Thursday, June 14, 2012
You know Kathy, she’s the annoying redhead who did too much plastic surgery, stormed out of the Emmy’s, and brought Bristol Palin’s baby daddy to a red carpet event. She can be annoying times ten but what this memoir shows is the softer side of Griffin; the woman who took two gay men who were kicked out of the military because of DADT to a red carpet event. However, this is not a sappy memoir where you find out that the wicked witch of the west has a heart. No. This is a truthful history of Kathy that is narrated by herself and she does what few people (especially celebrities) do...she writes about her flaws.
Friday, June 8, 2012
Unless you live under a rock, you have probably heard about this book. Still, I’ll give you a brief overview just in case you’ve been trapped in a time capsule. Henrietta Lacks was an African-American woman who lived in Maryland when she felt a hard ball on her cervix. Having no health insurance and little money, she went to Johns Hopkins where they removed her tumor and took some of her cells for future testing. However, the doctors did this without anyone’s knowledge or approval. Though Henrietta eventually died from this cancer, her cells became the first immortal cells. Since her death, they’ve been used in thousands of experiments in numerous field. Though people have made millions on Henrietta’s cells, her family saw none of the money and still has no health insurance.
|Killing of Cancer Cell|
What makes this book so fantastic is that the author takes a holistic approach to her writing. She doesn’t simply focus on the science of the cells but spends an equal amount of time on Henrietta’s family and their history. This adds an emotional edge that left me crying at times, which a book strictly on cells would never do (unless I was crying with boredom). The most exceptional aspect of the book is how well researched it is. Clearly, Henrietta’s family has been misrepresented since the 1950s. Fortunately, the author took years to get to know the family, understand their plight, and write objectively. I could ramble on for pages and pages but I will end by saying this: “The Immortal Life of Henrietta Lacks” is by far one of the best books I have read in my entire life (and I read a lot).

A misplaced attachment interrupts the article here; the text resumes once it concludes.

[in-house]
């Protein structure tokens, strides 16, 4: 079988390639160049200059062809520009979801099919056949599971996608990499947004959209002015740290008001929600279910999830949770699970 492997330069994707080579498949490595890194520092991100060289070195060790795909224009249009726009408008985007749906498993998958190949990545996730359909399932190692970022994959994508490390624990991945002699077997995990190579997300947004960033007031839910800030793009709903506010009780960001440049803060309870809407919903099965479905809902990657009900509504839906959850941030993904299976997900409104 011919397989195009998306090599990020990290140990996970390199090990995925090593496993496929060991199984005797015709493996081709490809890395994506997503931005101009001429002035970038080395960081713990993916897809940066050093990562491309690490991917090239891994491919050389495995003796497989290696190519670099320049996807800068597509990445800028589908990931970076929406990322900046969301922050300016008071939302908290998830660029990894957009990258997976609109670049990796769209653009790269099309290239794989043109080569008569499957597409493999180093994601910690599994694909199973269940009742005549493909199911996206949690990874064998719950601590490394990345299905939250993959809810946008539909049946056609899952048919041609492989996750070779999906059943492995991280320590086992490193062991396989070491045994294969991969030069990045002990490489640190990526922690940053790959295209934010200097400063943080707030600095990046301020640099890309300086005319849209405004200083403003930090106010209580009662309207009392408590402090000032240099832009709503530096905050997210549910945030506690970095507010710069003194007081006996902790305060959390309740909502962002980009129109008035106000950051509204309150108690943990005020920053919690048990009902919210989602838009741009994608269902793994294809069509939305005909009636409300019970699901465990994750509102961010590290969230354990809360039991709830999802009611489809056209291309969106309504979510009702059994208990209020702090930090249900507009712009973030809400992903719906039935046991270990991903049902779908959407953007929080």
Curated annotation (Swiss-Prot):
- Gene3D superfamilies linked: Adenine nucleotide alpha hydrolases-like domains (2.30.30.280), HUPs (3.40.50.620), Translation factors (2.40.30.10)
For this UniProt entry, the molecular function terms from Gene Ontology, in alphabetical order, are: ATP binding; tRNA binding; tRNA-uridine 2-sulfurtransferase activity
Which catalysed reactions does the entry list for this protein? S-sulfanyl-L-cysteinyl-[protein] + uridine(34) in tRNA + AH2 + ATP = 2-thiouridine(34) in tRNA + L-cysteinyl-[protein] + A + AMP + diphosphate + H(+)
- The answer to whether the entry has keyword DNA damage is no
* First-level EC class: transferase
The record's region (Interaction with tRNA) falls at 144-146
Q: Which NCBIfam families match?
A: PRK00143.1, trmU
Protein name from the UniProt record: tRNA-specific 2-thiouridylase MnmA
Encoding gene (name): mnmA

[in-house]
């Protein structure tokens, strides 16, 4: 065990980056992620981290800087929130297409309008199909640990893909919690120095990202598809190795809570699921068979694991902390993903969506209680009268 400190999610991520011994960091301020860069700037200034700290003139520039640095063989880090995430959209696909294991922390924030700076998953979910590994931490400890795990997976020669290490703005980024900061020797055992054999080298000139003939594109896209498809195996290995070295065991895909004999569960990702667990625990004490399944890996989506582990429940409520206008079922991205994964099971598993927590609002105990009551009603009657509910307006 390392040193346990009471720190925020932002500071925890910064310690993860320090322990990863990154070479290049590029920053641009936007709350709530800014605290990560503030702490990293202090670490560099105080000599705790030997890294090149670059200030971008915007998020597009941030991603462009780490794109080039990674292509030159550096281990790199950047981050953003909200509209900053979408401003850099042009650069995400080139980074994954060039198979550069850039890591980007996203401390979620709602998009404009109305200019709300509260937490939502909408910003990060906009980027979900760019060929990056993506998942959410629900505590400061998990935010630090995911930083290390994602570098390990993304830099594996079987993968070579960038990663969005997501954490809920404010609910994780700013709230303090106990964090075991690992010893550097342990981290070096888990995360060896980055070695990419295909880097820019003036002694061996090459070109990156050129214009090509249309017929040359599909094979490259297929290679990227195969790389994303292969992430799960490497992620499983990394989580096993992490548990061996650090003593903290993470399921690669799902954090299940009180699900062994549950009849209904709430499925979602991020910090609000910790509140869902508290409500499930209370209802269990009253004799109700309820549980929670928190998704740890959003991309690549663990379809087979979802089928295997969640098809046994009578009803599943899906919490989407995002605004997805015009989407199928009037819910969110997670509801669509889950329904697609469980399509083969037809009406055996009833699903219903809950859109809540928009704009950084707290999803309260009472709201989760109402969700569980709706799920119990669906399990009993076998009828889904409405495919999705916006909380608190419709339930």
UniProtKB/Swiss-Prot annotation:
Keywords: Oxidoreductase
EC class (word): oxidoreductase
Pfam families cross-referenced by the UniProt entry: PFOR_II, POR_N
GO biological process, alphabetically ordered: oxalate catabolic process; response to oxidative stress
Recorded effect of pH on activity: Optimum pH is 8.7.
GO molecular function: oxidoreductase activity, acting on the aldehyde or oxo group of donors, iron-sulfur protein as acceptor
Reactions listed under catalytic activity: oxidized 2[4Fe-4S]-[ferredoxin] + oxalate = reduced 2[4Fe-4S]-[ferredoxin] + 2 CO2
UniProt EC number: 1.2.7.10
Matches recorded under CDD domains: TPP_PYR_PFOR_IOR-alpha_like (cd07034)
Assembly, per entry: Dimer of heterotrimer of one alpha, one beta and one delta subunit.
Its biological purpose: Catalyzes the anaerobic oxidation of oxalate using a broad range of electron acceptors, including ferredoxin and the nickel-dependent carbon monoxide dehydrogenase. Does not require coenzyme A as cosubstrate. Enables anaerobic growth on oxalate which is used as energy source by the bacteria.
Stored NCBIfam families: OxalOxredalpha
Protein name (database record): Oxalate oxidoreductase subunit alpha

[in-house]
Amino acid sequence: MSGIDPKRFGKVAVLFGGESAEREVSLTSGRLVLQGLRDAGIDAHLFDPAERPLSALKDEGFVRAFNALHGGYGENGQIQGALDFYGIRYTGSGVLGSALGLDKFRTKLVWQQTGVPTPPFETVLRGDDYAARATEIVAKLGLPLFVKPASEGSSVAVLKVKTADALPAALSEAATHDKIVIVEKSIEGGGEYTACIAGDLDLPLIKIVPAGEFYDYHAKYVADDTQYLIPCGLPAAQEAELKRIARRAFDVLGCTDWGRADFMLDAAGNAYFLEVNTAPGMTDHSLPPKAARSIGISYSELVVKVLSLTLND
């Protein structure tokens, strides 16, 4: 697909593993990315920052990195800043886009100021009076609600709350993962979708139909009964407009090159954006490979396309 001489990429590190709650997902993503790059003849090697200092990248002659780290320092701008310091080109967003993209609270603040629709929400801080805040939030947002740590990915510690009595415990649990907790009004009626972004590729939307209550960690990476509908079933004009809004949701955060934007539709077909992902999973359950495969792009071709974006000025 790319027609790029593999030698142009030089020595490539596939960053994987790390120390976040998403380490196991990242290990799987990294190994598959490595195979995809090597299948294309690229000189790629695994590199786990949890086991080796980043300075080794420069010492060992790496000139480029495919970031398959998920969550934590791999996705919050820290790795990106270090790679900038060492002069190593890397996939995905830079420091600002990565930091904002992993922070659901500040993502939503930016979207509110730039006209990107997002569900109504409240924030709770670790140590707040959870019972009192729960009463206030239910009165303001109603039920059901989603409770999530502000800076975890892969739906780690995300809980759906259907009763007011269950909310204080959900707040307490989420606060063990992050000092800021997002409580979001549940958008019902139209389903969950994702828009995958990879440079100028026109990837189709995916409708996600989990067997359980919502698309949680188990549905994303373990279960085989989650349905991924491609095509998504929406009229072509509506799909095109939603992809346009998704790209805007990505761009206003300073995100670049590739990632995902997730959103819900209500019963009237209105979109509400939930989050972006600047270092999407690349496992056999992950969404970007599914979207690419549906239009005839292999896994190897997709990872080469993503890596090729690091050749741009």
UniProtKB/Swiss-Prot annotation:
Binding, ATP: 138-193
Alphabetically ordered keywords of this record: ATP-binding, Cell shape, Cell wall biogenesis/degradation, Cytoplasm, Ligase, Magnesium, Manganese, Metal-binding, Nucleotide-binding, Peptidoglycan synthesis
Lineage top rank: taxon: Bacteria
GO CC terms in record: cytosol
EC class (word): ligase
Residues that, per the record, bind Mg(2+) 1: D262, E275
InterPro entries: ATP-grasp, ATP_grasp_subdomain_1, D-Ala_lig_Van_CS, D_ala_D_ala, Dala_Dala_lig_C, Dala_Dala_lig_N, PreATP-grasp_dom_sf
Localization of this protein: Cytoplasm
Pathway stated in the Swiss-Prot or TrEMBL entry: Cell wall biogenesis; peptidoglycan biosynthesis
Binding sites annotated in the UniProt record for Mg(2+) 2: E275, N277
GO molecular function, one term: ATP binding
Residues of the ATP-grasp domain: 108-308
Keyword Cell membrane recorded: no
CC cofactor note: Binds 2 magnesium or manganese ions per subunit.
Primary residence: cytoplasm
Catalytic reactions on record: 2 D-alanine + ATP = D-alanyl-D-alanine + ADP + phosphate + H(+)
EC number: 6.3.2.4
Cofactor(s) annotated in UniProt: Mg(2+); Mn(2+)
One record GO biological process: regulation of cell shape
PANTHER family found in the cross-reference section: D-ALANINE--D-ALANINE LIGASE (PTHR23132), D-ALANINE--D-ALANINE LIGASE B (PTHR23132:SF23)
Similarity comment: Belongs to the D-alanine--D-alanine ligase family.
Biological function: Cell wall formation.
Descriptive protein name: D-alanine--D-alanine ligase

Monday, June 4, 2012
Below are the names of our lucky subscribers and the books they have won:
Katie K. -- The Nobodies Album by Carolyn Parkhurst
Kristyn -- When the Emperor Was Divine by Julie Otsuka
Ranjan -- Dark Places by Gillian Flynn
I want to thank all of our subscribers for entering into the Giveaway!
Please keep reading and subscribing because the next giveaway will be announced later this month!!
Thursday, May 31, 2012
The author has compiled a beautiful collection of stories that was born out of an oral history project. Perhaps this is the reason why the different tales come together so well, because she is not writing for the sheer scream factor. Additionally, she allows the people to speak for themselves without ever making them sound crazy or delusional. Due to this, the book is spine-chilling and that chill is perfect for cooling you off during this hot summer!!
Thursday, May 24, 2012
As I am sure everyone knows by now, the book is based on Halpern’s tweets regarding his father. He reached over a million followers on Twitter and decided to take his cyper writing to the published page. In addition to his father’s quips, Justin also tells about how he found himself living in his parents’ house at the age of 28. Though Justin’s father is gruff, he clearly has great love for his son.
What is so refreshing about this memoir is that it’s not your typical memoir. Recently, memoirs have been very “in” but typically focus on drug addicted, alcoholic, quasi-celebrities who turn their lives around and make good. Halpern’s is a breath of fresh air!